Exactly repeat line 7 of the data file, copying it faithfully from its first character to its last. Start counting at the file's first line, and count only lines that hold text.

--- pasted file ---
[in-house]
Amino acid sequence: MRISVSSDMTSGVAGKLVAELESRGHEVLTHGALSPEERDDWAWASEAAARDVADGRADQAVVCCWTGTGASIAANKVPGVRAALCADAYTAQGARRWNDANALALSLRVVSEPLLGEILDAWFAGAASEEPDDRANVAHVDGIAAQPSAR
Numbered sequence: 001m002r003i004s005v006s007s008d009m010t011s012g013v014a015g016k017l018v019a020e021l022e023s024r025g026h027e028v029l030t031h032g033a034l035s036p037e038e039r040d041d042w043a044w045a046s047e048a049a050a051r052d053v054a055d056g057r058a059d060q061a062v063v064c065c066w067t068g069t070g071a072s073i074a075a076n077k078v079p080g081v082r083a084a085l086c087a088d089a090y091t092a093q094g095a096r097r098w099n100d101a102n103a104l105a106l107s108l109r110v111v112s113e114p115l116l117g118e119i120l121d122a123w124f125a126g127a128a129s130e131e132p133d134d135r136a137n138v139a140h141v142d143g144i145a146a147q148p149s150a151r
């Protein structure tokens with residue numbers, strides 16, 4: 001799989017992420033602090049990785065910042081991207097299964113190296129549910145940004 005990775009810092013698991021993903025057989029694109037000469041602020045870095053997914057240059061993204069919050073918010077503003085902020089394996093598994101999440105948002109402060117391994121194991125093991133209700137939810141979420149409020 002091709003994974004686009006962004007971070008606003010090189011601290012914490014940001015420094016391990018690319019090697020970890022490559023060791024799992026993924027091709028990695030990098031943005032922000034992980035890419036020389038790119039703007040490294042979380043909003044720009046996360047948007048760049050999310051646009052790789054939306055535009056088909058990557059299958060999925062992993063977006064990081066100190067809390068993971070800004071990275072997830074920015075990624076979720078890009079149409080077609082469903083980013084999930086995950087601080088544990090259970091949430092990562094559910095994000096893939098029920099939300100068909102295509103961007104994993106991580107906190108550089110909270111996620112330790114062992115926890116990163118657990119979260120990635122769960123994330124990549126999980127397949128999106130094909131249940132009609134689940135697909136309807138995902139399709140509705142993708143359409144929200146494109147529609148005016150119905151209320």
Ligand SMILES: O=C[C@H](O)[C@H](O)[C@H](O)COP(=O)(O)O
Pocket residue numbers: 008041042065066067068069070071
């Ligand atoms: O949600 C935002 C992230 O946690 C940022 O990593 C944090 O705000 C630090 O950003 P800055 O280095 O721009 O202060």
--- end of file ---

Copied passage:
């Ligand atoms: O949600 C935002 C992230 O946690 C940022 O990593 C944090 O705000 C630090 O950003 P800055 O280095 O721009 O202060």